DRUMS AND TRUMPETS' history, offering a narrative account of battles and campaigns, much of it written for a general readership, is flourishing. While much of this popular work--Andrew Gordon on Jutland, for example, or Rory Muir on Salamanca--is thoughtful...
Publish or Be Damned: David Johnson Describes the Infamous Marriage Act of 1753, Which Made Marriage a Tightly-Regulated Institution Governed by Church and State
A WEDDING IS A PUBLIC OCCASION, as Mr. Justice Lindsay reminded actress Catherine Zeta Jones in High Court when she sued for damages over unauthorized photographs of her big day. Indeed, for religious ceremonies, the Book of Common Prayer specifically...
Stand Up and Be Counted: Mark Steel, Stand-Up Comedian and Presenter of History on Television and Radio, Describes How Punk Rock Helped Politicise a Generation, and Whet His Own Appetite for Enquiring about the Past
A LOT OF PEOPLE define themselves by their cultural or ethnic group. Me, I come from a small town in Kent. It's not even Kentish, but where Kent meets the London sprawl; somewhere the whole purpose, the whole pride of the place was that it was cultureless....
Sydney Rock Art
Samantha Mattila reports on the discovery of valuable new additions to Sydney's rock art. A 4,000-YEAR-OLD) RECORD of Australian Aboriginal rock art hidden by an inhospitable location has been revealed at a cave just outside Sydney. Australian Museum's...
The Bolshevik-Menshevik Split; November 16th, 1903
THE FIFTY-SEVEN delegates to the Second Congress of the minuscule, quarrelsome and apparently ineffectual Russian Social-Democratic Labour Party assembled in a flea-ridden flour warehouse in Brussels on July 30th, 1903. Georgi Plekhanov, the respected...
The Dictators, the Second World War and the Holocaust
The psychologist David Lewis sets out to explain how psychiatric treatment in 1918 helped Hitler transform himself from a drifter and a frustrated artist into the most charismatic leader of the 20th century, in The Man Who Invented Hider (Headline,...
The Early Stuarts and Hampton Court; Simon Thurley Explains Why the First Stuarts Kept the Great Tudor Palace Virtually Intact
THE REIGNS OF the first two Stuart kings are frequently seen as an artistic golden age. A new style in architecture, painting, drama, music and sculpture swept the educated elite, and the new style was centred on the royal court. We are used to seeing...
The Eighteenth Century
Enlightenment: Discovering the World in the Eighteenth Century (British Museum, 29.95 [pounds sterling]) edited by Kim Sloan, shows how information about the world was collected and organised two hundred years ago, in a colourful volume of essays associated...
The First World War
Bert Frandsen studies the American 1st Pursuit Group in Ha in the Ring: The Birth of the American Air Power in the Great War (Smithsonian Books, $32.95). Hugh Strachan's The First World War (Simon and Schuster, 25 [pounds sterling]) is a riveting...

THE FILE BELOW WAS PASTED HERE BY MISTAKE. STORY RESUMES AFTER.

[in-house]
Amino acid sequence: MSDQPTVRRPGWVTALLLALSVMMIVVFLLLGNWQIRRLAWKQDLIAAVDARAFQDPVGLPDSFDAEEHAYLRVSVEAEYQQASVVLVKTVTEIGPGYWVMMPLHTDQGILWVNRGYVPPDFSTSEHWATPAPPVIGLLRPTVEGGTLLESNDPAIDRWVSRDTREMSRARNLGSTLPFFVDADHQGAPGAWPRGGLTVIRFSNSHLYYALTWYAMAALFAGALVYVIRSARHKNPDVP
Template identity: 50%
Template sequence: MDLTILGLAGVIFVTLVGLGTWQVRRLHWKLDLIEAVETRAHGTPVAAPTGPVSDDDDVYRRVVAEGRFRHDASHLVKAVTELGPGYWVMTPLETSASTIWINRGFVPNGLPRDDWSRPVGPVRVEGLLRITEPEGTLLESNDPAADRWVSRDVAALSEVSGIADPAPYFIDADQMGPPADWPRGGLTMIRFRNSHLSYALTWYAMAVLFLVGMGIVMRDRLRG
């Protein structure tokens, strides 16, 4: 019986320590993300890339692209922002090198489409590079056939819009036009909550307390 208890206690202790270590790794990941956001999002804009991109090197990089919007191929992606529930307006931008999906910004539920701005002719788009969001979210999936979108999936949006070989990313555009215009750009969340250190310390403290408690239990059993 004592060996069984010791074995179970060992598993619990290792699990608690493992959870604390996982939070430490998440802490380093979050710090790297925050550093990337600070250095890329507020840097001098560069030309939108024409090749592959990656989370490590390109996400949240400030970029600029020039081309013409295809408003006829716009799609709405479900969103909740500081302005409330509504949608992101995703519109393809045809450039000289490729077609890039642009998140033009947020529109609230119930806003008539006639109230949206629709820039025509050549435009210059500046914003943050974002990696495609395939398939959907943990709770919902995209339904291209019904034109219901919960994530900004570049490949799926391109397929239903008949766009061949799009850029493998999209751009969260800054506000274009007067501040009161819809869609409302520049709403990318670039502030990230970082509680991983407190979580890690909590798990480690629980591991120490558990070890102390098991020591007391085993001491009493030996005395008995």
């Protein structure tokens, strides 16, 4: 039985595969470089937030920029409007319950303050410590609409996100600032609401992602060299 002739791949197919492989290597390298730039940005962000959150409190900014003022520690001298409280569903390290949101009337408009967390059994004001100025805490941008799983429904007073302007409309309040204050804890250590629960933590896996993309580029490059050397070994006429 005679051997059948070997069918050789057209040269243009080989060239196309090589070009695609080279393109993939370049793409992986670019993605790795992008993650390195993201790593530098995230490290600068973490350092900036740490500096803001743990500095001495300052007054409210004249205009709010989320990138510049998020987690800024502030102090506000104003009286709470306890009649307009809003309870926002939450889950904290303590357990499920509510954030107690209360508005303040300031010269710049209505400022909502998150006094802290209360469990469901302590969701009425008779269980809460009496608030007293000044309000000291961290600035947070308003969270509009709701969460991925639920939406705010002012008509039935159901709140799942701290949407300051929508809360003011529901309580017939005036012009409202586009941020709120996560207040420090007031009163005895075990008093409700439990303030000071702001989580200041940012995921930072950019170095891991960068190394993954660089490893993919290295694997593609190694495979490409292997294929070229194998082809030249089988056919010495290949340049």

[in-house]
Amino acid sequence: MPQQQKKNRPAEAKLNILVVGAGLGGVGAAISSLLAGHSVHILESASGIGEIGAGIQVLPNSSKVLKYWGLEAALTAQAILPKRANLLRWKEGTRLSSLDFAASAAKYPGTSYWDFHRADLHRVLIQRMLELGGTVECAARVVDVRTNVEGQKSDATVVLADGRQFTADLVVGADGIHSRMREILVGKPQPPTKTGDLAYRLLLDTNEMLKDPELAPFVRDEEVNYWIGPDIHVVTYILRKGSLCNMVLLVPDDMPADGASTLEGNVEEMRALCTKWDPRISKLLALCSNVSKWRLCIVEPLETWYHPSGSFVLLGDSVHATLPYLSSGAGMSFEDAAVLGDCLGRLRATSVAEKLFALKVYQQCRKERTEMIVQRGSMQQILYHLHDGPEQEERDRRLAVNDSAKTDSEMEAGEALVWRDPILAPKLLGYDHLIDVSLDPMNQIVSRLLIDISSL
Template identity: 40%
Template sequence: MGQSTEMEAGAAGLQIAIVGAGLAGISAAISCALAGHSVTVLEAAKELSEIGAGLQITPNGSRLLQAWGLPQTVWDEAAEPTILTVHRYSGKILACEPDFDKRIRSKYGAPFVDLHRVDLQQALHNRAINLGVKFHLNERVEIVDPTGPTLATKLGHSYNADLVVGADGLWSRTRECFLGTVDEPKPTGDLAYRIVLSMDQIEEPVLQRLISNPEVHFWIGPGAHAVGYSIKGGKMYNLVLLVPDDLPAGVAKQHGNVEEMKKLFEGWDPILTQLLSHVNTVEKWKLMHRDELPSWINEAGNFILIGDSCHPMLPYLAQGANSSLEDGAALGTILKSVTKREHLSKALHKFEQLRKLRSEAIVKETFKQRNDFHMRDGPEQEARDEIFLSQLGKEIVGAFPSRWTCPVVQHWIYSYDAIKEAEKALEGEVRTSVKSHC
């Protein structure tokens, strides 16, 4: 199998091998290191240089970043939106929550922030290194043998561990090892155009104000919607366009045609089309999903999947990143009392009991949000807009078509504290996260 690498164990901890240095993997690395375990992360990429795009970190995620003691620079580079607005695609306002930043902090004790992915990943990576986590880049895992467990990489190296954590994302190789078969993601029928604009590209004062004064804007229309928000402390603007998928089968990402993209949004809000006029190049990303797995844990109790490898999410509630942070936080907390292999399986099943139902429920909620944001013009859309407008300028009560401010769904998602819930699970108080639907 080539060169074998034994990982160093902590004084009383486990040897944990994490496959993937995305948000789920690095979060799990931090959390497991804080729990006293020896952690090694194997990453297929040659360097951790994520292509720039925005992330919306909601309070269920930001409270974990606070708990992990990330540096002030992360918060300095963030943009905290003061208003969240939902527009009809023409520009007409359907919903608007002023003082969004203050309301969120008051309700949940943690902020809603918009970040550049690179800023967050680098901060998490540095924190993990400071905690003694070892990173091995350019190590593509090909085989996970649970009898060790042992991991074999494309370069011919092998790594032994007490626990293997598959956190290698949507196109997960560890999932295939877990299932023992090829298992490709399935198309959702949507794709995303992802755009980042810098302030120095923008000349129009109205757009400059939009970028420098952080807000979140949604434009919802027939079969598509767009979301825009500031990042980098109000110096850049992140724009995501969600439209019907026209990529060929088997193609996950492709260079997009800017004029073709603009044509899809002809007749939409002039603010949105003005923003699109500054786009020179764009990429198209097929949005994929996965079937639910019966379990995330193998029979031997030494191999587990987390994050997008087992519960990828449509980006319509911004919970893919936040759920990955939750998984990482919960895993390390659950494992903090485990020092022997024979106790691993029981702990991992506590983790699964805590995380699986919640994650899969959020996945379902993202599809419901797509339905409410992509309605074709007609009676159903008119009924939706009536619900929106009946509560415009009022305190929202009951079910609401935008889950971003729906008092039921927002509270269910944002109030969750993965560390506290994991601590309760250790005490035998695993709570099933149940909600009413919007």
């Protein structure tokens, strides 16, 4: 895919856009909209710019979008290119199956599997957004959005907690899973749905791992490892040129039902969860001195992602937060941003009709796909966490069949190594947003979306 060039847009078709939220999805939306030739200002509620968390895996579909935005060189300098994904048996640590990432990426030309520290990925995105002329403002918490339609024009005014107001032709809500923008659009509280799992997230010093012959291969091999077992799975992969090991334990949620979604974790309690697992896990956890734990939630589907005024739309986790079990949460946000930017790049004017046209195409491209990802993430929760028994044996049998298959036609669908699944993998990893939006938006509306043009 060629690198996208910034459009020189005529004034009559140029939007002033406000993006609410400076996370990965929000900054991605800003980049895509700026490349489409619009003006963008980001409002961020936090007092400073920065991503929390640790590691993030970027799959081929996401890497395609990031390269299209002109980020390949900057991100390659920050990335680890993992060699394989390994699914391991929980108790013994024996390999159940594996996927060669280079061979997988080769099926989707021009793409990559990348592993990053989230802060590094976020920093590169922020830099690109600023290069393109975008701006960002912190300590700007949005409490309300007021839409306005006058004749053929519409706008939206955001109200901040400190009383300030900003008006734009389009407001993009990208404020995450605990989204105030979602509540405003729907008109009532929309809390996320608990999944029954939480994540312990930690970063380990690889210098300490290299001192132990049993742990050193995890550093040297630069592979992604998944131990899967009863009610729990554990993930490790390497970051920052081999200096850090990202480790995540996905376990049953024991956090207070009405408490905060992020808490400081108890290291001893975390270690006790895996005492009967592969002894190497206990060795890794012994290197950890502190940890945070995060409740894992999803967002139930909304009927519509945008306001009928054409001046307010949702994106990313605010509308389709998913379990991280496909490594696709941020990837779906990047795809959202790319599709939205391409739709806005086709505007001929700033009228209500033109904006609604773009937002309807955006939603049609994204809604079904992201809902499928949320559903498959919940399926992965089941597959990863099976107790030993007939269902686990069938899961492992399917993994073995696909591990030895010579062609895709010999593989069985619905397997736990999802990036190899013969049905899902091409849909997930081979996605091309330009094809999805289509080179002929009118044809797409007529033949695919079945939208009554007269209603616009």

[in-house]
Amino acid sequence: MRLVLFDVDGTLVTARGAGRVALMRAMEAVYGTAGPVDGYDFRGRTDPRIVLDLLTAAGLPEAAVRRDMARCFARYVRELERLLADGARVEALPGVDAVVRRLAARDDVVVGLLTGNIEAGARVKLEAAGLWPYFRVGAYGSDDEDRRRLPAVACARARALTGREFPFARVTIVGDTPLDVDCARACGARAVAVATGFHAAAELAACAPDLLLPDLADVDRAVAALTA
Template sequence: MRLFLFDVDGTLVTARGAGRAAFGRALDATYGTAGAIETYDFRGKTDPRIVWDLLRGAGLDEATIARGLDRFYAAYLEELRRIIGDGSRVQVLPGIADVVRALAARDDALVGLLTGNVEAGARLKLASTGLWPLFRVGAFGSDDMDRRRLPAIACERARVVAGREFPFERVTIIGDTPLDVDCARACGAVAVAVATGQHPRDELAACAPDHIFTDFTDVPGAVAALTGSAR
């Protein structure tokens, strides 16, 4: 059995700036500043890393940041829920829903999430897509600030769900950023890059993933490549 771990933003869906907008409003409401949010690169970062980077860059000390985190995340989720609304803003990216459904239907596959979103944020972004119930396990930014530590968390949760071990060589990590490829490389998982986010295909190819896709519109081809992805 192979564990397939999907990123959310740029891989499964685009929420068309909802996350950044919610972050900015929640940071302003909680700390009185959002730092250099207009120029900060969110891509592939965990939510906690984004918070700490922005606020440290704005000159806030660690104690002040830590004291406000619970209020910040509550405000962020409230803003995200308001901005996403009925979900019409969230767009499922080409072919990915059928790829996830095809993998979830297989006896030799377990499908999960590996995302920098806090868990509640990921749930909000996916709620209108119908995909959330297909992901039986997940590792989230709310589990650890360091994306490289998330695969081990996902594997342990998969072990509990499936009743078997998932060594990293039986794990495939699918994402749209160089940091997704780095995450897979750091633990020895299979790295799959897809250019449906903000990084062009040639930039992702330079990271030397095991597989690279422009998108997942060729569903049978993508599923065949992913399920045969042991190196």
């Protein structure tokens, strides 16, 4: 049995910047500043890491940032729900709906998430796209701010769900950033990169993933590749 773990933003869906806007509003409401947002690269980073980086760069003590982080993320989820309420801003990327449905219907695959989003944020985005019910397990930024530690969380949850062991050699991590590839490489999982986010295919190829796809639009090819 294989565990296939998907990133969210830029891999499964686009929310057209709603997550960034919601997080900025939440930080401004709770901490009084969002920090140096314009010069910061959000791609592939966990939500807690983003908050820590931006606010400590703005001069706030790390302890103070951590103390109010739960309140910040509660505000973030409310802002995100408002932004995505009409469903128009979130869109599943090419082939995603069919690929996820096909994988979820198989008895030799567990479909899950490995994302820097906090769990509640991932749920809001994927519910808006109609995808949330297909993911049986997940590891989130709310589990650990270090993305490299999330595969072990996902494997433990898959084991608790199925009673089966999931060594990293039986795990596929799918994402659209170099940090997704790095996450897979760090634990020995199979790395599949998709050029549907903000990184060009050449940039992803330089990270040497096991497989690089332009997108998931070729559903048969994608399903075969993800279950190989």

The German People's Day of Mourning
Gabriel Fawcett investigates how the Germans commemorate the losses they sustained in the First and Second World Wars. 'I HAD AN INVITATION for the ceremony here, but now I see it was for yesterday not today. Shame, I would love to have taken part,'...
The Great Storm; November 24th, 1703
THE WEEK-LONG; hurricane that struck the south of England and the English Channel at the end of the month was beyond anything in living memory. John Evelyn described it in his diary as 'not to be paralleled with anything happening in our age or in...
The Ideal of Unity; Russell Chamberlin Examines the Origins and Development of Europe's Persistent Vision of Unity from the Birth of the Holy Roman Empire to Its Fall
NEITHER HOLY, NOR ROMAN, NOR AN EMPIRE'. Voltaire's gibe about the Holy Roman Empire was literally true but, like all such glib gibes missed the essential point. For a thousand years people believed it existed or thought it ought to exist. For a thousand...
The Medieval World
The two-volume Medieval Italy: An Encyclopedia, edited by Christopher Kleinhenz and Richard Lansing (Routledge, 205 [pounds sterling]), is the first A-Z reference devoted to this churning nexus of European civilisation, with over 1,000 entries. ...
The Nineteenth and Early Twentieth Centuries
Edward Pearce offers a vivid account of one of the crucial Parliamentary debates of the 19th century in Reform!: The Fight for the Reform Act 1830-1832 (Jonathan Cape, 20[pounds sterling]). Using case studies from the old Bailey, Joel Peter Eigen...
The Postwar World
Peter Kornbluh's investigates the reasons behind America's collaboration with the Chilean dictator in The Pinochet File: A Declassified Dossier on Atrocity and Accountability (The New New Press, 18.95 [pounds sterling]). A CD of unedited recordings...
The Shrine of Islam's Tragic Divisions
Corinne Atkins examines the events in Iraq in the 7th century AD, which precipitated the first and only great division of Islam, the ramifications of which are seen today in Iraq and more widely. ON AUGUST 29TH, 2003, A HUGE CAR BOMB went off in...
Top of the Pots
A new exhibition opening at the British Museum this month spotlights some of the finest trophies of British archaeology, as well as the people who found them. BURIED TREASURE: FINDING OUR PAST' is the first major British archaeological exhibition...
Transition, History and Human Rights; 'A Country without Justice or Memory Does Not Have a Destiny.'
SPEAKING SHORTLY AFTER HIS VICTORY in the May 2003 Argentine elections, the new President Nestor Kirchner's forthright manner struck a chord with his compatriots. During the military dictatorship of the 1970s, some 30,000 people died--the so-called...
Trench Art: Nicholas J. Saunders Explores the Ways in Which Humans Make Art from Objects of Death, in Conflicts Spanning the Napoleonic to Bosnian Wars
'TRENCH ART' is the popular name given to a group of objects in which human lives are captured in creations, trapping a spark of the human spirit in the extremes of total war. Apart from the visual appeal and technical virtuosity of individual pieces,...